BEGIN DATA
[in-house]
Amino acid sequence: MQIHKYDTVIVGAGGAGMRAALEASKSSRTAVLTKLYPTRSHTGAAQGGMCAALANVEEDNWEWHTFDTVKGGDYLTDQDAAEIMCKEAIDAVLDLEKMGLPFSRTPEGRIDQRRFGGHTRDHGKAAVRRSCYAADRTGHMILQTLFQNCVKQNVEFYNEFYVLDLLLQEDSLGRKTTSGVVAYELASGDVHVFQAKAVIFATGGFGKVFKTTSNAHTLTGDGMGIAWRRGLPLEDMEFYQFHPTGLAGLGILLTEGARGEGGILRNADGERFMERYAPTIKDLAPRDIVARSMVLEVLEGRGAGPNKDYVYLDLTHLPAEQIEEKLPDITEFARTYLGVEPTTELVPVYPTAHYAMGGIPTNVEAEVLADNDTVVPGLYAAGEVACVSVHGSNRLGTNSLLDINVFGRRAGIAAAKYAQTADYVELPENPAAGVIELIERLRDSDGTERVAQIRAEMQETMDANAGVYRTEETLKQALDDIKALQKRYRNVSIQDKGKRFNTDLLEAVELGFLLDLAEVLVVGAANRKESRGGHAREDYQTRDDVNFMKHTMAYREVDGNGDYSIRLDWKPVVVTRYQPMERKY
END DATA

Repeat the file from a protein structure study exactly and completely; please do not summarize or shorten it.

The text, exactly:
[in-house]
Amino acid sequence: MQIHKYDTVIVGAGGAGMRAALEASKSSRTAVLTKLYPTRSHTGAAQGGMCAALANVEEDNWEWHTFDTVKGGDYLTDQDAAEIMCKEAIDAVLDLEKMGLPFSRTPEGRIDQRRFGGHTRDHGKAAVRRSCYAADRTGHMILQTLFQNCVKQNVEFYNEFYVLDLLLQEDSLGRKTTSGVVAYELASGDVHVFQAKAVIFATGGFGKVFKTTSNAHTLTGDGMGIAWRRGLPLEDMEFYQFHPTGLAGLGILLTEGARGEGGILRNADGERFMERYAPTIKDLAPRDIVARSMVLEVLEGRGAGPNKDYVYLDLTHLPAEQIEEKLPDITEFARTYLGVEPTTELVPVYPTAHYAMGGIPTNVEAEVLADNDTVVPGLYAAGEVACVSVHGSNRLGTNSLLDINVFGRRAGIAAAKYAQTADYVELPENPAAGVIELIERLRDSDGTERVAQIRAEMQETMDANAGVYRTEETLKQALDDIKALQKRYRNVSIQDKGKRFNTDLLEAVELGFLLDLAEVLVVGAANRKESRGGHAREDYQTRDDVNFMKHTMAYREVDGNGDYSIRLDWKPVVVTRYQPMERKY